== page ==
Schedule: 2021 Workshop

THIS YEAR’S ONLINE SESSIONS & WORKSHOPS (NOVEMBER 12-13, 2021):

FRIDAY, NOVEMBER 12, 2021:

9:30 – 10:30: “Getting Published in Today’s World: 10 Tips to Make You the Writer Agents and Publishers Want,” taught by Brian Klems. If you want to land an agent and a book deal in today’s market, you’re going to have to do a lot more than just write a great book (though that’s a good start). In this session, former Writer’s Digest editor Brian A. Klems discusses the challenges writers face in publishing today and offers up 10 practical tips to help you break through the barriers and find success.

10:45 – 11:45: “How to Market Yourself and Your Books: Talking Author Social Media, Blogging, and Platform,” taught by Chuck Sambuchino. Whether you’re traditionally published or self-published, everyone could use some helpful guidance on how to effectively market themselves and sell more books. This session includes easy-to-understand advice on social media (Twitter, Facebook, more), blogging, and other simple ways you can market your work online cheaply and easily.

11:45 – 1:15: Lunch break

1:15 – 2:30: “Writing Pitfalls and How to Avoid Them,” taught by Kaitlyn Johnson. When writing, there are clear red flags that outline the newbies versus the pros. In this session, literary agent Kaitlyn Johnson calls these out and how you can avoid them in your own works. Get ready to take notes and dig deep into your pages to bring out your inner pro.

2:45 – 3:45: “Crafting a Compelling Logline and Pitch,” taught by Eve Porinchak. You only have one shot to hook an agent, and the key is crafting both a compelling logline and pitch. In this workshop, critically acclaimed Simon & Schuster author (and former literary agent) Eve Porinchak guides you in creating your one-sentence logline and query pitch. In addition to using these essential pieces in your query letter, your logline and pitch will also be used throughout the life of your book for marketing and publicity purposes. So, it is important to get these just right.

4:00 – 5:00: “The Perfect Plot,” taught by Eve Porinchak. Crafting a strong plot is a science. And every effective story ever told – whether in the form of a children’s picture book, or a massive adult novel – must contain a handful of essential plot beats. In this workshop, writers will understand these essential plot beats that you will need to map out a cohesive and captivating story.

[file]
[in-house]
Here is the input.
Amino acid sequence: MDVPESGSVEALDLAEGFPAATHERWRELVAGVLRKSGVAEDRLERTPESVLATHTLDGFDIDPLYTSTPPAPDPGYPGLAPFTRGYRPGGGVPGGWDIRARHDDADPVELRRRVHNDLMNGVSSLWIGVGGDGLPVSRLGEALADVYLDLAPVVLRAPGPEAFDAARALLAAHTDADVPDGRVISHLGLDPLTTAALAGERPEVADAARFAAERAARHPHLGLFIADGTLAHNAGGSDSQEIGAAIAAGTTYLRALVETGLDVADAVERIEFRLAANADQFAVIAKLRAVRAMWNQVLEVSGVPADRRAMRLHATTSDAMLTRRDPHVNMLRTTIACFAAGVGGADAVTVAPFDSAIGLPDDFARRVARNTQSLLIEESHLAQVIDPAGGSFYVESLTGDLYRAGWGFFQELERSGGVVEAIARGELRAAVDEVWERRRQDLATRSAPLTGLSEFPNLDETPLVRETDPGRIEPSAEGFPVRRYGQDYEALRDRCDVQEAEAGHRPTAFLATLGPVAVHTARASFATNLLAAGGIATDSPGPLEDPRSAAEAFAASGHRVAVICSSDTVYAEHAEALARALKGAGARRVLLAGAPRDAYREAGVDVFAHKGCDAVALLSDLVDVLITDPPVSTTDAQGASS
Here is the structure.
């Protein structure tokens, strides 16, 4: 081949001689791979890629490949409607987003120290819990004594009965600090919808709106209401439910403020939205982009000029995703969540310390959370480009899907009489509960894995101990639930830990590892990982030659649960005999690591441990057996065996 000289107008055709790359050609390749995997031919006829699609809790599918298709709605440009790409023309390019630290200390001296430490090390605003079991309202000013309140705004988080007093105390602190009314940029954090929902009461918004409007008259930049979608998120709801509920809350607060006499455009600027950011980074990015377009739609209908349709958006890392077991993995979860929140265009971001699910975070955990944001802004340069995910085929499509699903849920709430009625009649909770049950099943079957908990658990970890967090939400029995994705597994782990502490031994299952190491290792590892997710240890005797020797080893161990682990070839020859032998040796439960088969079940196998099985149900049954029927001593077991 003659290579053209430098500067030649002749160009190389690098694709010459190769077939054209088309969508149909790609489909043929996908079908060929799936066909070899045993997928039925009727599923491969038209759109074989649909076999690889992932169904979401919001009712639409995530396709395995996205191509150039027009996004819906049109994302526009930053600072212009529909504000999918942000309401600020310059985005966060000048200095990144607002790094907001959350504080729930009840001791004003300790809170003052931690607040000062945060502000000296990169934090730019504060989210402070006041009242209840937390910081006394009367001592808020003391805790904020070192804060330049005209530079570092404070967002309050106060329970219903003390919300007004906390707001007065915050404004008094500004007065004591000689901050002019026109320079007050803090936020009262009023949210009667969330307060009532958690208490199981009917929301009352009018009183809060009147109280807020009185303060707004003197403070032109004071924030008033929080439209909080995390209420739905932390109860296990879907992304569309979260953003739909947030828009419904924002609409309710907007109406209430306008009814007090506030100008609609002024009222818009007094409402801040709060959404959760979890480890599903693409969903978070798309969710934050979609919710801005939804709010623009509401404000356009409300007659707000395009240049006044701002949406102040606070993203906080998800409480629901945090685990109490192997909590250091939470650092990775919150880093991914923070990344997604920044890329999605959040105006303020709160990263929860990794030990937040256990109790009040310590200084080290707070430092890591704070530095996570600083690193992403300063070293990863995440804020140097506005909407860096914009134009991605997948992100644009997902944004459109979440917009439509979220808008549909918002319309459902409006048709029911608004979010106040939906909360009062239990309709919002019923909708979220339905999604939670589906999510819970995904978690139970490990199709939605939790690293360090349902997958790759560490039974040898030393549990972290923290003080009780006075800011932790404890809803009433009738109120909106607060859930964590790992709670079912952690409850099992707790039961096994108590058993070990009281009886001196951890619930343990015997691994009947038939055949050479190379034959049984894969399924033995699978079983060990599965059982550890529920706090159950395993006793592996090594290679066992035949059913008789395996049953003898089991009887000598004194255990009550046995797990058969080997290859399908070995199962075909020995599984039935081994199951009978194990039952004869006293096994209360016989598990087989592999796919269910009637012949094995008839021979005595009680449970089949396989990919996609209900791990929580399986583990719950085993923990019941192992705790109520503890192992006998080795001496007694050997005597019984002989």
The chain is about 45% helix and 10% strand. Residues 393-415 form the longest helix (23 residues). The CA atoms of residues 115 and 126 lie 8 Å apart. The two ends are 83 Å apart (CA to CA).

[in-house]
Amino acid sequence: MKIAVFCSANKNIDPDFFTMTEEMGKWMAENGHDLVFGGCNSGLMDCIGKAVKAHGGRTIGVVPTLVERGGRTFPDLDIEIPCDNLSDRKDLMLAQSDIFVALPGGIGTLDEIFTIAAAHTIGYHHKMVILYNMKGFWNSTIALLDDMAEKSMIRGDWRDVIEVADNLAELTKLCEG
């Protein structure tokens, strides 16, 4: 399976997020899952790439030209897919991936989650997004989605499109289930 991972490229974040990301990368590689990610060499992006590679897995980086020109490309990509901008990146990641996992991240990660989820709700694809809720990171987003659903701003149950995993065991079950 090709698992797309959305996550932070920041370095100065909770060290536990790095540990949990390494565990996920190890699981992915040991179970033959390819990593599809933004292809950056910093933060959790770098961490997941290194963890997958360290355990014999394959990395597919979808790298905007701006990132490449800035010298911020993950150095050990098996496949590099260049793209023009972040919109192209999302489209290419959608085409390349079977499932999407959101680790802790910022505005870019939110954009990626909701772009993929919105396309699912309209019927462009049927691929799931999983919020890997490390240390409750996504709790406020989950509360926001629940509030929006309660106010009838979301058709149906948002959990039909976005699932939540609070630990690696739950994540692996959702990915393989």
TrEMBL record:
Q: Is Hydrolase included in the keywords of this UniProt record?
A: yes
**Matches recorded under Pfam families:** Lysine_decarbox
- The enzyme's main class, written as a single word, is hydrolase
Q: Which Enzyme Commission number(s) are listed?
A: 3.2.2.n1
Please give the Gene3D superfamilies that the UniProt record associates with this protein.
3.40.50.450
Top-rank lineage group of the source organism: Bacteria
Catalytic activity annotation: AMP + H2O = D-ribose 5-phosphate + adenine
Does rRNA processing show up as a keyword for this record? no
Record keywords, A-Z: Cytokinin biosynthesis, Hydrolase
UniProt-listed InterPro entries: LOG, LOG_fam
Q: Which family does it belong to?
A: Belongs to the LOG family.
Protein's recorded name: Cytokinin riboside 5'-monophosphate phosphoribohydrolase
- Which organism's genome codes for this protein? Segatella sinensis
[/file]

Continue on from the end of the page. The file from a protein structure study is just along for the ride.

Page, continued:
SATURDAY, NOVEMBER 13, 2021:

9:30 – 10:30: “Voice in a Manuscript,” taught by Stephanie Winter. One of the most important skills for a writer to have is the ability to craft clear and strong voices in a manuscript. Sounding inauthentic or unrealistic can be the difference between a pass or an offer of representation. In this lecture we’ll target common mishaps and approach creating strong narratives on three levels: dialogue, prose, and characters.

10:45 – 11:45: “Crafting the Query Letter,” taught by Jill Marr. You’ve finished your novel or completed your nonfiction proposal. Now it’s time to start pitching your project. So what do you do next? In this workshop taught by a literary agent, we will discuss the dreaded query letter, and how to write one that will get the attention of an agent or editor. What are the turn-ons and turn-offs? How do they make the judgment calls? With real-life examples of queries that do and don’t work, you will learn how you can refine your own query letter.

11:45 – 1:15: Break

1:15 – 2:30: “Writers Got Talent”—a Page 1 Critique Fest, with participating literary agents and editors. In the vein of “American Idol” or “America’s Got Talent,” this is a chance to get your first page read (anonymously — no bylines given) with attending agents commenting on what was liked or not liked about the submission. Get expert feedback on your incredibly important first page, and know if your writing has what it needs to keep readers’ attention. (All attendees are welcome to bring pages to the event for this session, and we will choose pages at random for the workshop for as long as time lasts. All submissions should be novels or memoir—no prescriptive nonfiction or picture books, please. Do not send your pages in advance. You will bring printed copies with you, and instructions will be sent out approximately one week before the event.)